Horne long ago established himself as one of the greatest historians and biographers of our generation (and, I would argue, many generations back). This book is exactly why he wears this crown on his august head -- it's an extraordinary story of a brutal war that much of the world ignored while France fought viciously and ultimately to a bitter defeat. Many pointed to this book as a case study of everything the US was doing in Iraq. Maybe that is correct, maybe not. But to confine this book as s ...more
Andrew Hill
Jan 20, 2011 Andrew Hill rated it it was amazing  ·  review of another edition
Alistair Horne's great chronicle of the Algerian war of independence returned to mainstream attention during the last decade when it was on the reading list of President Bush and many of his national security and military advisors. The implication was that France's experiences in Algeria might hold some lessons for the United States as it fought the Iraqi insurgency (at the time a greater concern than the war in Afghanistan).

I find this quite ironic, for the one great lesson of Horne's book is h
The Algerian War of Independence against France was, in many ways, the archetype of the "wars of liberation" of the 20th century as imperialism passed out of favor. It was also a precursor of the wars of resistance in Islamic societies against real or perceived Western aggression. Each stage of the struggle seems to be more brutal and bloody than the one before, and things were vastly complicated by the fact that France considered Algeria to be not a colony but rather an integral part of the Fre ...more
Nov 10, 2008 Ed rated it it was amazing  ·  review of another edition
Recommends it for: kate
Gruelling tough minded, balanced account of the war that is the classic on counter insurgency. Read by everyone from Petraeus, the Pentagon, the Israeli cabinet, Hamas, Bin Laden. In middle east peace talks, everyone has it in their briefcase. But not for the faint hearted and not good for your faith in human goodness: the atrocities on both sides are truly awful.
In A Savage War of Peace, Alistair Horne combines the disciplines of journalism and history to provide a broad, yet insightful account of the Algerian War of Independence. This synthesis allows him to step outside of the strict boundaries of history and frame his narrative around the idea of “turning points” in the history of the conflict, which enables him to speculate, particularly in the conclusion, about what the outcome might have been had the situation changed. Aside from this, however, hi ...more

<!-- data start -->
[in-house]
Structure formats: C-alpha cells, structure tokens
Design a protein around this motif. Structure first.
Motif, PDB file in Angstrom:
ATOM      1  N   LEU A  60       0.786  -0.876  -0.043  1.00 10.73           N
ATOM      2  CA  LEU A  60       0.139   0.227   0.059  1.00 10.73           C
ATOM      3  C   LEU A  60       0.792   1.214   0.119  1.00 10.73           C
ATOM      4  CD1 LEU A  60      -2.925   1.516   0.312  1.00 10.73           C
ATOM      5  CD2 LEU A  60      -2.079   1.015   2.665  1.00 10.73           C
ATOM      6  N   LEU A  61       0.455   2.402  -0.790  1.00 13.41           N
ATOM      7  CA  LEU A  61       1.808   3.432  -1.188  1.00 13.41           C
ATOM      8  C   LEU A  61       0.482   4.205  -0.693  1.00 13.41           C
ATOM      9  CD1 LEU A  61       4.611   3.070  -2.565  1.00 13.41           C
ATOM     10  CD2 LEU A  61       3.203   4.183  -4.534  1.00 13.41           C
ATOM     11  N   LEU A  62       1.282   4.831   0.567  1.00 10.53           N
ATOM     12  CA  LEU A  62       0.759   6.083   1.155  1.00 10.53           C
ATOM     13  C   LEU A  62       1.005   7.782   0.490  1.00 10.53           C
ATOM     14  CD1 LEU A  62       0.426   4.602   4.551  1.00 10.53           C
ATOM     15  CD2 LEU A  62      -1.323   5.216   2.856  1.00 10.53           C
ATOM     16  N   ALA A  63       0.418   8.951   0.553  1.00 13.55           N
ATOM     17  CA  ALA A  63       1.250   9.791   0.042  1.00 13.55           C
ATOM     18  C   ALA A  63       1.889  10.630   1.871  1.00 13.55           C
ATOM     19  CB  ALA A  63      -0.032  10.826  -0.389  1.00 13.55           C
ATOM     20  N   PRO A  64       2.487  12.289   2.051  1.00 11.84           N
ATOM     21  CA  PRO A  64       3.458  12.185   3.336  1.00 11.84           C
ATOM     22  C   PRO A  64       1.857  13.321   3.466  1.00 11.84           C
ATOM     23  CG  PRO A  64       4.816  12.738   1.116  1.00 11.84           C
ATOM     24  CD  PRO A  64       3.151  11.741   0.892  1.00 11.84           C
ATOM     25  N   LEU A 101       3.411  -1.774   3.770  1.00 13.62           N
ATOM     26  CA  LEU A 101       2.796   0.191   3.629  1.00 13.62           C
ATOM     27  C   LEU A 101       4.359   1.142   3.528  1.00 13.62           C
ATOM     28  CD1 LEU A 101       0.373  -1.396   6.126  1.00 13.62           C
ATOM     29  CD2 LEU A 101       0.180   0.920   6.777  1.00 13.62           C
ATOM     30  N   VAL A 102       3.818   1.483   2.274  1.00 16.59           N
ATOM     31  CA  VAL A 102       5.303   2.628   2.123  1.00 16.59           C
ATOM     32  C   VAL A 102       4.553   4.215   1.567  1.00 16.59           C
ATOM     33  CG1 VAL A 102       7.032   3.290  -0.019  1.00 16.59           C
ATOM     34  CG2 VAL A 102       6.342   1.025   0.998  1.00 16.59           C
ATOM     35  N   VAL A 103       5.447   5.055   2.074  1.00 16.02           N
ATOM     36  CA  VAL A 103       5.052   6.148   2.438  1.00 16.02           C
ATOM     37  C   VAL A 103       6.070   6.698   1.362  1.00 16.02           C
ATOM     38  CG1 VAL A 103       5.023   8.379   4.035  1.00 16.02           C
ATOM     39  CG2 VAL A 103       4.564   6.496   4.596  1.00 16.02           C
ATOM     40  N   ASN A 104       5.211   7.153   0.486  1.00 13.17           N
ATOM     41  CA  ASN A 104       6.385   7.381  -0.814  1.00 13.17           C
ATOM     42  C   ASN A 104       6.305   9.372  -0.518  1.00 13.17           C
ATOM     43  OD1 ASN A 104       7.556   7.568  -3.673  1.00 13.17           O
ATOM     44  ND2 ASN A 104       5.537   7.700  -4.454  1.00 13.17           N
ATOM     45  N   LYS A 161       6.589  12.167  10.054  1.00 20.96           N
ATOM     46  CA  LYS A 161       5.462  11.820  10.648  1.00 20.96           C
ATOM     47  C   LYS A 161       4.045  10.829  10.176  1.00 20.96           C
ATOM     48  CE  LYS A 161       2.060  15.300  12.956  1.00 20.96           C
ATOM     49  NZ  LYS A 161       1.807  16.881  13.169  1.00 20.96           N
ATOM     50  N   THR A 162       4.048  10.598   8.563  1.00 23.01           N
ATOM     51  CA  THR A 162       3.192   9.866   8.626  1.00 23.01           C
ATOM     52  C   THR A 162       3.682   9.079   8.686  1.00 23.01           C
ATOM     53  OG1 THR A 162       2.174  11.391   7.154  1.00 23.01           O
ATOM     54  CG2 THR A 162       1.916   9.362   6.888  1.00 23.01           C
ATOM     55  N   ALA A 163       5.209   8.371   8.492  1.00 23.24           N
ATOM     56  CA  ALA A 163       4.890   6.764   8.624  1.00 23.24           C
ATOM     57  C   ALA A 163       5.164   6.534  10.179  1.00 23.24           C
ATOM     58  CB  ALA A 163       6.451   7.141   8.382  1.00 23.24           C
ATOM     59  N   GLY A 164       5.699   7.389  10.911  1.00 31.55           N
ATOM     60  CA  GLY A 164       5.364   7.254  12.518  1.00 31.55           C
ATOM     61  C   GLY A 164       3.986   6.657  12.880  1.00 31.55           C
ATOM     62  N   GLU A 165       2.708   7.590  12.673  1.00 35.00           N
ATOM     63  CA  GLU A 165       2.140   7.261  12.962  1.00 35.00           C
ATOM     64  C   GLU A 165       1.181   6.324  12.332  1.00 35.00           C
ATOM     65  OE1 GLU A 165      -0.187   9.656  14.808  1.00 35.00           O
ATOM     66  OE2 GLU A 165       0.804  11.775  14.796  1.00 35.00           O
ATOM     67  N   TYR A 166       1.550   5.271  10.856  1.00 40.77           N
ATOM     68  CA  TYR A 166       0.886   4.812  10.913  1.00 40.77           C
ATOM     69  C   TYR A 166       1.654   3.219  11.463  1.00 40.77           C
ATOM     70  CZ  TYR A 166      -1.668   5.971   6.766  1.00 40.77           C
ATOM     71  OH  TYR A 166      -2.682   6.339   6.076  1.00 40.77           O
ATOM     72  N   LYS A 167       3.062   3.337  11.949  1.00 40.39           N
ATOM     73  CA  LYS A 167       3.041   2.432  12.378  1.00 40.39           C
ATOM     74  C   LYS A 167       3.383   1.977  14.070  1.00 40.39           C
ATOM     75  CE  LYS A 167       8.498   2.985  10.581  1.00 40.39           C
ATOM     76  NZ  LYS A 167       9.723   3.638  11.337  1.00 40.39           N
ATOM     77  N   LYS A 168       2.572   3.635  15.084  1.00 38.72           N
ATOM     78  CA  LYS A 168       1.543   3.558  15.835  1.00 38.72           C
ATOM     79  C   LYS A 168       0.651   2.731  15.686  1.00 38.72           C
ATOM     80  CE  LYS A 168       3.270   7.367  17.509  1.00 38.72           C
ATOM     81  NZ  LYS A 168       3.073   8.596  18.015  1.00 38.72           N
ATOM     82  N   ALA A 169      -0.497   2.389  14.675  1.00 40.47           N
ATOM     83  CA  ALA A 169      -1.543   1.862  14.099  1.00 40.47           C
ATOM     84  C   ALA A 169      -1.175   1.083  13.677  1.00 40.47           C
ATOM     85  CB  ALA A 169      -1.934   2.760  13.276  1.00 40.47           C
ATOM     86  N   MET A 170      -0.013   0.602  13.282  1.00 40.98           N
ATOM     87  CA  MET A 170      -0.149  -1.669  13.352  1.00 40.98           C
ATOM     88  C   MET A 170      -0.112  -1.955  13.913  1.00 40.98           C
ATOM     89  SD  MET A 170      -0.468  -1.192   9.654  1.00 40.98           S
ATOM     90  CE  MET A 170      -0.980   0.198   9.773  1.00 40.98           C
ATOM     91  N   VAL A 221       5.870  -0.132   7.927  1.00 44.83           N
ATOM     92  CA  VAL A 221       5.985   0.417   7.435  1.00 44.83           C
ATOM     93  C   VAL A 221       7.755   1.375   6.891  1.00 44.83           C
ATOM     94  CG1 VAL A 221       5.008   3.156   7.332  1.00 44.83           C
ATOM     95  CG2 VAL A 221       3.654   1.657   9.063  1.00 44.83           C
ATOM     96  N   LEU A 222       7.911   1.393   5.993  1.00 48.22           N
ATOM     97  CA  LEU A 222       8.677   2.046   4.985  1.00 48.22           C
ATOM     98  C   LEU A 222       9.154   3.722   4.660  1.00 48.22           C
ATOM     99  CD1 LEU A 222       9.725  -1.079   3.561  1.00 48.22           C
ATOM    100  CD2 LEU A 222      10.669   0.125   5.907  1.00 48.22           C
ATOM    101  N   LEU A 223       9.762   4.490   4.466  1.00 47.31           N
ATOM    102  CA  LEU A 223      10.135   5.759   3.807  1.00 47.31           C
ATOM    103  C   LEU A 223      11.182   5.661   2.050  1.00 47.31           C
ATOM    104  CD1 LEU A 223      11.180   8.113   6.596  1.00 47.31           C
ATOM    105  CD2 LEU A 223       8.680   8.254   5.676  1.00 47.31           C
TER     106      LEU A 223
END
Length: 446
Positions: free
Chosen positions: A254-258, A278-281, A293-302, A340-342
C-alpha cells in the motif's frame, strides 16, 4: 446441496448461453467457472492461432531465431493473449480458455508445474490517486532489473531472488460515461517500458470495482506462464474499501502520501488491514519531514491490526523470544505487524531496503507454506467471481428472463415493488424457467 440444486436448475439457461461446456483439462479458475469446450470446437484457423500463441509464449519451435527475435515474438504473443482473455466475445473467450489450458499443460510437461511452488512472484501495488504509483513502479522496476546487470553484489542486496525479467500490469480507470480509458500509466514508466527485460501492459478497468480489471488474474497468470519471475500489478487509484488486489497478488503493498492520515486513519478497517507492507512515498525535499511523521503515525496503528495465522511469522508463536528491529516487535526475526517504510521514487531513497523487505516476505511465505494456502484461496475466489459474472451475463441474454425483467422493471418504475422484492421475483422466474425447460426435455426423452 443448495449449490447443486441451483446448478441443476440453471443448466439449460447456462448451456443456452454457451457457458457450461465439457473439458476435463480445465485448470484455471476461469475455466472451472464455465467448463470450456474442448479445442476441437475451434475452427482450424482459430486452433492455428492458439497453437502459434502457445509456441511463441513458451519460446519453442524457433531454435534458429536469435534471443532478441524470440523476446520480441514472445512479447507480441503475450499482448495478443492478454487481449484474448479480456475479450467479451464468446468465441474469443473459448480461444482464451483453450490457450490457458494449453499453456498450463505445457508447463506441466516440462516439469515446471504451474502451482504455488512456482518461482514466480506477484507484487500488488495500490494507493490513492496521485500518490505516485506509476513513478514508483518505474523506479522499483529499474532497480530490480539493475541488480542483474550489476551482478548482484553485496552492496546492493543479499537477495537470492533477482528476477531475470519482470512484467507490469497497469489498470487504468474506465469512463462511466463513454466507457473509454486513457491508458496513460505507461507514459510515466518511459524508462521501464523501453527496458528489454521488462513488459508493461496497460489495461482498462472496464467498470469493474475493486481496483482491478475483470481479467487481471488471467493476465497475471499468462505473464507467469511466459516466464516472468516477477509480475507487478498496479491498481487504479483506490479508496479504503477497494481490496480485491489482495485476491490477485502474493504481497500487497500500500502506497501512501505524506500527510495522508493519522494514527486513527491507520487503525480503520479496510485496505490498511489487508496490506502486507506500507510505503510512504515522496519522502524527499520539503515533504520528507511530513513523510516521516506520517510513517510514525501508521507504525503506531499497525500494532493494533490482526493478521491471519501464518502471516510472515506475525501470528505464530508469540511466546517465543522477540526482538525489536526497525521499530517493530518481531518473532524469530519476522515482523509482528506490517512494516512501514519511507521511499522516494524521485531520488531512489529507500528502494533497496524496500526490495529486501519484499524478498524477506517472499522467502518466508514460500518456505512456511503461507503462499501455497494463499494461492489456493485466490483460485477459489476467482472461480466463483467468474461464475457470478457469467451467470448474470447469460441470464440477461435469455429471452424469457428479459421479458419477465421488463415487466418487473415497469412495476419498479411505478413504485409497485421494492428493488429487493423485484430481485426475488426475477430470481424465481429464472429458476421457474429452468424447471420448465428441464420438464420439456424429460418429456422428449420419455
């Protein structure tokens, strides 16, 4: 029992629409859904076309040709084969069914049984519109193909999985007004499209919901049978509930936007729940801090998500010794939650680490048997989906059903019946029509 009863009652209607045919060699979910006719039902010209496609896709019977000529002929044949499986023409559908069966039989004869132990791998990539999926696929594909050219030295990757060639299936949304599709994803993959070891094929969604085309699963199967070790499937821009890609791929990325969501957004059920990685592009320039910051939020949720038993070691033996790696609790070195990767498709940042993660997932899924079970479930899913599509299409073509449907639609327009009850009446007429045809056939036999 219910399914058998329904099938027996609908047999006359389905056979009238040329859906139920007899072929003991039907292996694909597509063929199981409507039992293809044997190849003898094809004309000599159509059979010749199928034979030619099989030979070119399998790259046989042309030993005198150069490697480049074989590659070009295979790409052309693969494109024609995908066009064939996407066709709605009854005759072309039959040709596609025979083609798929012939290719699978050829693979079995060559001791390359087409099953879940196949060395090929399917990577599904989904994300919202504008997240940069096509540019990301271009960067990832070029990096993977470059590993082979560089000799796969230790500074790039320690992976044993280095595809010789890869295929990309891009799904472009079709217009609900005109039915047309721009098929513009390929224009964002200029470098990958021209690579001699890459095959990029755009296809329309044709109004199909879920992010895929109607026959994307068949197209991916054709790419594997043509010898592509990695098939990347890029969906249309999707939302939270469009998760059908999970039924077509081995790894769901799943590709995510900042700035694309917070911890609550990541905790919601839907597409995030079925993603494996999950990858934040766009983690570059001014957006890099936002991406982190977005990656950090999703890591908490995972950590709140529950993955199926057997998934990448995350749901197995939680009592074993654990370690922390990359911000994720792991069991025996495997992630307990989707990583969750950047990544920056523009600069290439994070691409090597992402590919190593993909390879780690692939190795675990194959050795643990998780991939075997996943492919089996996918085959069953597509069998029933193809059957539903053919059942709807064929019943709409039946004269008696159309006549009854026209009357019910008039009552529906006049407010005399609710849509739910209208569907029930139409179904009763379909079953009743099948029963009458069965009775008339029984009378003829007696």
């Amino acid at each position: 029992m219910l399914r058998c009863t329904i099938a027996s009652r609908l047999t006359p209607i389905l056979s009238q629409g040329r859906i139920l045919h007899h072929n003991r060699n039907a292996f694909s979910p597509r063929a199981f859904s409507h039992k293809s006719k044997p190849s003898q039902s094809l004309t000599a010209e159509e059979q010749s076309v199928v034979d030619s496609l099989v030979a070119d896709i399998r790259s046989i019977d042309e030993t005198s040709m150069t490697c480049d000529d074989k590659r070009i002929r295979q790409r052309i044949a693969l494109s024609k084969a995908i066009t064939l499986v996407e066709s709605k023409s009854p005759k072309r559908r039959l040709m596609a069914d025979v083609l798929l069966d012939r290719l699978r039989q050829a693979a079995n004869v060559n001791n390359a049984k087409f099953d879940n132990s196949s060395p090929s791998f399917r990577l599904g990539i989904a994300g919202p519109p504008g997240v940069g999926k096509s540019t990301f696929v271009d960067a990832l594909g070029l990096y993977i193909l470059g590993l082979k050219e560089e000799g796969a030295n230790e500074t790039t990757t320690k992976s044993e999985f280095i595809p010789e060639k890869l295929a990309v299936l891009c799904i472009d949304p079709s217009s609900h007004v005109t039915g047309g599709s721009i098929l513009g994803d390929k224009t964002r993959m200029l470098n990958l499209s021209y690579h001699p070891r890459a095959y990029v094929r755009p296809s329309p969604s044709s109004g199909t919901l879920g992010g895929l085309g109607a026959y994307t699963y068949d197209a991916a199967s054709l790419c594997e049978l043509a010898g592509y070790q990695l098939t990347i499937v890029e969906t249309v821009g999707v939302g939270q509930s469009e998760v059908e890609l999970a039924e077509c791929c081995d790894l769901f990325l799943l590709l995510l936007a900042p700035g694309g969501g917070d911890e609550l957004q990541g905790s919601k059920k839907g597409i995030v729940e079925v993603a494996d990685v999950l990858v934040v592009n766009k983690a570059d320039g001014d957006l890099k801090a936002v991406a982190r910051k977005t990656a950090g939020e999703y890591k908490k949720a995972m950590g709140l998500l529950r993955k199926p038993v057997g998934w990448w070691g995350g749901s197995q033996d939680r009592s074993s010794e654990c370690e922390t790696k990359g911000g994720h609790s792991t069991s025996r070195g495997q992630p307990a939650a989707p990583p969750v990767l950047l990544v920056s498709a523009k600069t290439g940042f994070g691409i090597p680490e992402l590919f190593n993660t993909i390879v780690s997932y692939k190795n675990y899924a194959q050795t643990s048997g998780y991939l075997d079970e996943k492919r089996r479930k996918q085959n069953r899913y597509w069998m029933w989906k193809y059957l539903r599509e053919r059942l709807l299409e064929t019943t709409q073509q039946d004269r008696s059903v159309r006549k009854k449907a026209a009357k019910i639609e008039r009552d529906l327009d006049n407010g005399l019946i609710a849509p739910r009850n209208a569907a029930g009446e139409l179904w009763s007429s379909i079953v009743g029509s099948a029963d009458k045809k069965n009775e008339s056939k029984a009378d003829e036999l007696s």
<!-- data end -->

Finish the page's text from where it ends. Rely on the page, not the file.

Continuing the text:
Apr 10, 2016 David rated it it was amazing  ·  review of another edition
Recommends it for: People interested in history, colonialist conflicts, and Muslim movements
Algeria, "France's Viet Nam," is a conflict most people outside of France and Algeria don't know much about. You've probably heard it was one of the last anti-colonialist wars, and that it pitted Muslims against Westerners, and that there were atrocities on both sides. But the details are fuzzy for most Americans after half a century. It was a conflict happening in a part of the world we didn't care much about at the time, and even during the Cold War, neither the US nor the USSR was heavily inv ...more
Scott Whitmore
Apr 26, 2013 Scott Whitmore rated it really liked it  ·  review of another edition
A solidly presented look at the conflict between Algeria and France leading to the former nation’s independence in 1962, in turns fascinating and frustrating — not because of the author’s efforts, although I will list a few quibbles below, but rather because of the lessons unlearned.

In the preface to the 2006 edition, Alistair Horne relates that, at his staff’s request a copy of "A Savage War of Peace: Algeria 1954-1962" was sent to U.S. Defense Secretary Donald Rumsfield in 2005. This would be